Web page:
Rather than offensive, the longstanding tradition seems just another uncorked expression of the particular effervescence found in South Africa.
“The 13th race has been going for as long as I can remember. I’m pretty sure it was there when I got there. I had nothing to do with it, that’s what I’m trying to say,” said a bemused Ken Tweddell, the event marketing manager for Gold Circle, which operates Greyville, when asked about the colorful custom.
Perhaps more than two decades ago, the proprietor of a Durban nightclub who was running a party tent in the track’s infield parking lot first encouraged some young attendees to streak down the racetrack after the last horse race of the day. Thus, the 13th race was spawned.
As Tweddell related, this nightclub owner had silicone carved into the distinctive shape of the primary male reproductive organ and mounted on a piece of wood.
“So, for many years, that was awarded to the guy who won the race,” Tweddell said. “Then it disappeared.
“Thank goodness,” he added, laughing, before relating how women attending the Durban July often “stand on their tippy toes in their high heels” to witness the 13th race each year and share some hearty laughs at the antics of the men.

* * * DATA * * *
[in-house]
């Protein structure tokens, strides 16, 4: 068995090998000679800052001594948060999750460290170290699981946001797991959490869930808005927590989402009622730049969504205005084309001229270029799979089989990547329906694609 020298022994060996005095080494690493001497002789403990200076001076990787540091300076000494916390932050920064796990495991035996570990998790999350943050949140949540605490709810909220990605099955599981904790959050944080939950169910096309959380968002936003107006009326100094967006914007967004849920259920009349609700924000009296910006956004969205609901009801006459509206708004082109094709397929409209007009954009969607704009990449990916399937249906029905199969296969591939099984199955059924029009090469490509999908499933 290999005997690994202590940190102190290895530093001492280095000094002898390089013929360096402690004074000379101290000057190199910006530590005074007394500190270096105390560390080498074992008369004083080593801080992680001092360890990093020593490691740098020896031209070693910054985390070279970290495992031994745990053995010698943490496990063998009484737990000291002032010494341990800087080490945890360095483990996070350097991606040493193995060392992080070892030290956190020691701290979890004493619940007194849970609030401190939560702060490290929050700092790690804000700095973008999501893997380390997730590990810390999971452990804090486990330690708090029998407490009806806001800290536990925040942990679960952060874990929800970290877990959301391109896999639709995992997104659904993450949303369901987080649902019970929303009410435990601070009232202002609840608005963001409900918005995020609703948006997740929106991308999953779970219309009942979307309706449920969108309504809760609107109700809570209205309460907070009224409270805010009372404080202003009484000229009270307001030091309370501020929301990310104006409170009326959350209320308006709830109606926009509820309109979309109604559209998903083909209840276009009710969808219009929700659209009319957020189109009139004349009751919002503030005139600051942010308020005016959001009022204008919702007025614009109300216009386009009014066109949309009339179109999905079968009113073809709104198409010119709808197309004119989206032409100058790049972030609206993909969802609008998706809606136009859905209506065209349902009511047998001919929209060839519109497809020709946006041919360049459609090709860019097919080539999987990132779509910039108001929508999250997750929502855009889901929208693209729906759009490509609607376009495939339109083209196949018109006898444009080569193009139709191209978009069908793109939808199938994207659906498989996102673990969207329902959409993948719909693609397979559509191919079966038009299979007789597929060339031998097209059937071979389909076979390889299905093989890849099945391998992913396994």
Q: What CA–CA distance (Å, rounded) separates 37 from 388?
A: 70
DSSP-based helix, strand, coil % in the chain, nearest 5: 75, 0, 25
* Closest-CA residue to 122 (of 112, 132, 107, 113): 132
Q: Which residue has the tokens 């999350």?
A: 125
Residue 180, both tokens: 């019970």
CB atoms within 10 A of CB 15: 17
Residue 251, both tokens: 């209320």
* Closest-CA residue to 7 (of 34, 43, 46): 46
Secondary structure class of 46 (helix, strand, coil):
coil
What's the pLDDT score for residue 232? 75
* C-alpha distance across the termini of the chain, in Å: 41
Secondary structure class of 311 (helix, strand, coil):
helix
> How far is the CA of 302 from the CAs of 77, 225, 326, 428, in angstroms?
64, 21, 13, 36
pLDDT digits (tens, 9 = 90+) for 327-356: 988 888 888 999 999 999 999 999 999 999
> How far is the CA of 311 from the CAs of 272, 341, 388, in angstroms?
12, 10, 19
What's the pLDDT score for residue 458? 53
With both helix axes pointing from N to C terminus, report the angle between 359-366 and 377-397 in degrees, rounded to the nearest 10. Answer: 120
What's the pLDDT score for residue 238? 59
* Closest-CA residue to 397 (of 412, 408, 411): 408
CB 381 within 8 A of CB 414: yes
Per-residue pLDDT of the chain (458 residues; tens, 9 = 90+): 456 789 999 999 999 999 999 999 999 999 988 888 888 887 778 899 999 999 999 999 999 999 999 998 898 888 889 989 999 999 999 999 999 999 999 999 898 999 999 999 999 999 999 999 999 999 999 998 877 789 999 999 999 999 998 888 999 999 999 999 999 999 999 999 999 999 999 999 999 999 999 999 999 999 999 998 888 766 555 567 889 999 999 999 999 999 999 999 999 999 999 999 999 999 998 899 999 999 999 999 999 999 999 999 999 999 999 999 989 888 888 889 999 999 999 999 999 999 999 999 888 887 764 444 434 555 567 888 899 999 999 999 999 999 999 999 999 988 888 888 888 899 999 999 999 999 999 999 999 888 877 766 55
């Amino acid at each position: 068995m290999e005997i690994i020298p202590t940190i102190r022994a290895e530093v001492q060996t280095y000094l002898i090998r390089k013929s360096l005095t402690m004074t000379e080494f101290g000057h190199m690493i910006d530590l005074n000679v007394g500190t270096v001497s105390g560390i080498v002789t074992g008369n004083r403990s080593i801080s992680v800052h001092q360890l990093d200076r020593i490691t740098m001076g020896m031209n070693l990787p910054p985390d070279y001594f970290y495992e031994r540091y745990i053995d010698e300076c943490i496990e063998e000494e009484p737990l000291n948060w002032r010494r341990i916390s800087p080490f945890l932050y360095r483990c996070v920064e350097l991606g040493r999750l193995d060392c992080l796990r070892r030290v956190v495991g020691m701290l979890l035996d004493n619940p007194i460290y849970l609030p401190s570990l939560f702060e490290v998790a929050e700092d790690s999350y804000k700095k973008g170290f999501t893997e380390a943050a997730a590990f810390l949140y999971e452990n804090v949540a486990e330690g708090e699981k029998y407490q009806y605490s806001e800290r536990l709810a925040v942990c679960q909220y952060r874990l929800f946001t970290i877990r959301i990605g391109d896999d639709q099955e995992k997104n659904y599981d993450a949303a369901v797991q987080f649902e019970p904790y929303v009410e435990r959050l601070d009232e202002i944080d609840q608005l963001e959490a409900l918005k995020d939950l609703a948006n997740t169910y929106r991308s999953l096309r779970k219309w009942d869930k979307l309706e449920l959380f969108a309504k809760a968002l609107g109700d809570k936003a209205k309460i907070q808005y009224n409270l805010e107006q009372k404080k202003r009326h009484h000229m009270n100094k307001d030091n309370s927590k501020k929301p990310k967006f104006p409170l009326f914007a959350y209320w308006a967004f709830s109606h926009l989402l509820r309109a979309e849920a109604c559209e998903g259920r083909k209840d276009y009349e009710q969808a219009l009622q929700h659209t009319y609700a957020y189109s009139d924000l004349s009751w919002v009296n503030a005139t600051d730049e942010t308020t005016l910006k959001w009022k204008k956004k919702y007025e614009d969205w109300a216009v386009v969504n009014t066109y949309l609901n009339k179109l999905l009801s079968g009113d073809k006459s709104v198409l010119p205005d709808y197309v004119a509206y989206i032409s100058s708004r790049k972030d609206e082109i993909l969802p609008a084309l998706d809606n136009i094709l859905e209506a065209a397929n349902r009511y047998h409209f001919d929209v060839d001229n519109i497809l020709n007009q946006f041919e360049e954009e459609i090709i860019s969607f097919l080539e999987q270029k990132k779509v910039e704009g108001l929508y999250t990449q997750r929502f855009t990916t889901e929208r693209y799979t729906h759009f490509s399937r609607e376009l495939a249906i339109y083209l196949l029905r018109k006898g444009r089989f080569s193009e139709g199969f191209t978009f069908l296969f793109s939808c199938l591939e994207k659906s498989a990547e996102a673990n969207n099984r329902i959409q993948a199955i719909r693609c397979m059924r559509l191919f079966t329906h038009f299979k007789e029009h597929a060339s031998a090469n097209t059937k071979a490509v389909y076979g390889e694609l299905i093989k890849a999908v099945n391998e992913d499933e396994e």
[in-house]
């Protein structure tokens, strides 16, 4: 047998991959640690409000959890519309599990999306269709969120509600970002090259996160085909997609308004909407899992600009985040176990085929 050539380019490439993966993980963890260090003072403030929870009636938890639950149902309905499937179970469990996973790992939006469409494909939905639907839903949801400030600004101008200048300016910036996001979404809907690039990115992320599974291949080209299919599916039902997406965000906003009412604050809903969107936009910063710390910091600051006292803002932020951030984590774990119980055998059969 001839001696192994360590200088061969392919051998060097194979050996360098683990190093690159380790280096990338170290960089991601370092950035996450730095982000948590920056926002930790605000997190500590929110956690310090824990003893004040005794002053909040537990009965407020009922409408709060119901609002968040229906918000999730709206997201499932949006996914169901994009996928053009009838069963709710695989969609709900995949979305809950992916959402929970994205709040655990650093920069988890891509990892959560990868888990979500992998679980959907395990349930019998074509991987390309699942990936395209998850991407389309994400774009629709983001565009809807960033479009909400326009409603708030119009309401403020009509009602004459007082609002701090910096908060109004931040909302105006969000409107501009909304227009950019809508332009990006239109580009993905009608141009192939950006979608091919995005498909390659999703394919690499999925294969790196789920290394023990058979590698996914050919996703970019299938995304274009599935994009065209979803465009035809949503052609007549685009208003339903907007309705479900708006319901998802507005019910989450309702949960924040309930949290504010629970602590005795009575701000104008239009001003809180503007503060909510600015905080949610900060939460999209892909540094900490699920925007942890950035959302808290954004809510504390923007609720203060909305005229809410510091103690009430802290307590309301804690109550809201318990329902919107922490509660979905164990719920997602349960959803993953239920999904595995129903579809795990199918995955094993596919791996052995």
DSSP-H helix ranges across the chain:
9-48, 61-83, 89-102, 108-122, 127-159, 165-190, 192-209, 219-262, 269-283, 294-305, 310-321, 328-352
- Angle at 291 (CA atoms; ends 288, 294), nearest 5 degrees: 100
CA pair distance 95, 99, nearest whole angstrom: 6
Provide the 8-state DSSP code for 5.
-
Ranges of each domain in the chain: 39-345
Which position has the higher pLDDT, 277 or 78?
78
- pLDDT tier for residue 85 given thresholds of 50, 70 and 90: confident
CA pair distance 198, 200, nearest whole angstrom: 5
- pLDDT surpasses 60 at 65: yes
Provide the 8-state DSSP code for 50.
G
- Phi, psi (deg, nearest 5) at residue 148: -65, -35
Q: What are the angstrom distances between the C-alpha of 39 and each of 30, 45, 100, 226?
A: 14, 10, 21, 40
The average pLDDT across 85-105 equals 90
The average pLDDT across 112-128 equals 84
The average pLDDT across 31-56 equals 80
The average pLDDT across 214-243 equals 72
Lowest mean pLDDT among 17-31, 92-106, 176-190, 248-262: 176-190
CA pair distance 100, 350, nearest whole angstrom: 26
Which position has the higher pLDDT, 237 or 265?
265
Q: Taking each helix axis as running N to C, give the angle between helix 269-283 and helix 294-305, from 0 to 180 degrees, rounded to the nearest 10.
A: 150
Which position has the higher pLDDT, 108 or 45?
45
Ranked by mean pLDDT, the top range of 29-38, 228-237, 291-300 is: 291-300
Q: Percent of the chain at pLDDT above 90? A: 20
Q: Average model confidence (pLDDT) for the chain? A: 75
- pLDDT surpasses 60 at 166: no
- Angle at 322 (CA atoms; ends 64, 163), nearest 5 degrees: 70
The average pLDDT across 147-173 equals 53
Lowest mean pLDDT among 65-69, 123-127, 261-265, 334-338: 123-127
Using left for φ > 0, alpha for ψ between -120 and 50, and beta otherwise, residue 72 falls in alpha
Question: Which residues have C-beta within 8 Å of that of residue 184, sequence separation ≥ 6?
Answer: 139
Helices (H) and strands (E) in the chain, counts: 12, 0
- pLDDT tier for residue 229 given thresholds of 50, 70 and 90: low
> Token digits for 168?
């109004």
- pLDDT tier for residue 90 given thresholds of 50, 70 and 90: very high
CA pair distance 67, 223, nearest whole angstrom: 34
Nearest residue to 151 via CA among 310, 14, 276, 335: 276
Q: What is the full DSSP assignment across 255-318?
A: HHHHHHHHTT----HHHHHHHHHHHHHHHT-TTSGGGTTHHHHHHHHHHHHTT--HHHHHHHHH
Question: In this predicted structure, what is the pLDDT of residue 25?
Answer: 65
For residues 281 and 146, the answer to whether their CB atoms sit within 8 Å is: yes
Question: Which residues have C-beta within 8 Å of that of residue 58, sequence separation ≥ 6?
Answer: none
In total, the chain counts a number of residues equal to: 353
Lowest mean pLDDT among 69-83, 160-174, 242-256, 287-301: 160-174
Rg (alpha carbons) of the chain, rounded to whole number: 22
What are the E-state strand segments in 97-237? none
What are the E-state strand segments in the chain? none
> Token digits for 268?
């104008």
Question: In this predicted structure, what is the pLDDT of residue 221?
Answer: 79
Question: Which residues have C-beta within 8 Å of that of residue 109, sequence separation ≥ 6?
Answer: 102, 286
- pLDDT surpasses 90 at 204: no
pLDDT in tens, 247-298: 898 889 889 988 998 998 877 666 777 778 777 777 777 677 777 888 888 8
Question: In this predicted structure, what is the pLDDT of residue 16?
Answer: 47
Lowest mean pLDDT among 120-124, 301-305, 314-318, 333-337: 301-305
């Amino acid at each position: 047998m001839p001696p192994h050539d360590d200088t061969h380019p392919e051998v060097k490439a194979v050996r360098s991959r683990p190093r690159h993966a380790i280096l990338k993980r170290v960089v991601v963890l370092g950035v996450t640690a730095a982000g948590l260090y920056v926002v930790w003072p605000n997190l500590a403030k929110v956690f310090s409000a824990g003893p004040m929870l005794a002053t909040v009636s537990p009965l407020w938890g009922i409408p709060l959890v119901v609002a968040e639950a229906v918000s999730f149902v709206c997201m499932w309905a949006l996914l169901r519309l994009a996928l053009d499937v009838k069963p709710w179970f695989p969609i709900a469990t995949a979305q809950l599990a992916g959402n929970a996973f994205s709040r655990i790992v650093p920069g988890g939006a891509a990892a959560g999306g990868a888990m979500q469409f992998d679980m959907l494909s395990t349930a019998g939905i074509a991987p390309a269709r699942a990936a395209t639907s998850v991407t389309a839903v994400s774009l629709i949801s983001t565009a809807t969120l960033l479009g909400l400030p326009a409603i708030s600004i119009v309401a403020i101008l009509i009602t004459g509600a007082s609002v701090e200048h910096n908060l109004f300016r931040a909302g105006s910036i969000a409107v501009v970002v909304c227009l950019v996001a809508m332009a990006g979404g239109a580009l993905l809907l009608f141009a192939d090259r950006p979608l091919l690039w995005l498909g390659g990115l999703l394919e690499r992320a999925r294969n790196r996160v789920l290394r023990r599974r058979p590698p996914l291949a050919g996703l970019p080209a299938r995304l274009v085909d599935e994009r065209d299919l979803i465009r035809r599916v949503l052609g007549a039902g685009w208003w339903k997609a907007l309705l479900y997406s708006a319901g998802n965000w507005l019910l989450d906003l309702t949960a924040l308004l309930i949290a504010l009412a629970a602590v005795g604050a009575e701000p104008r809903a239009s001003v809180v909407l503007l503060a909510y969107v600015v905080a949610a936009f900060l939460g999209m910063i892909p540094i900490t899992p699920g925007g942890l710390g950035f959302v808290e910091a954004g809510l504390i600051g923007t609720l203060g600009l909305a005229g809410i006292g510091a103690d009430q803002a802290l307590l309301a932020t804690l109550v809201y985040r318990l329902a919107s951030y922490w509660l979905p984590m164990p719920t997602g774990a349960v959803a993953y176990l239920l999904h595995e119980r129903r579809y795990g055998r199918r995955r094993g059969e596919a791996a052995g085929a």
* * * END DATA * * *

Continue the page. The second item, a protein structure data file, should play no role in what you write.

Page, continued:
While Tweddell is not responsible for this colorful part of the Durban July’s long history, he is the creator of much of everything else surrounding recent editions of the race, which will be run for the 121st time on Saturday.
Known as ‘Mr. Vodacom Durban July’, according to a press release, Tweddell meticulously plans the annual theme for the extravaganza, which this year is ‘The Colour of Magic’, with a special hue implied to be red, the key color of branding for the race’s title sponsor.
Thus, many racegoers might be expected to punctuate their attire with red or drape themselves entirely in the vivid color, which also is likely to be a mainstay in hospitality decor.
He also has arranged everything from the old-fashioned ritual of growing 20 bean plants — each tagged with the name of one of the Durban July entrants, including two reserve runners, in an effort to forecast the winner based on which plant grows the most — to elaborate fashion contests for student designers and for racing attendees. The fashion competitions hinge on the artful interpretation of the theme.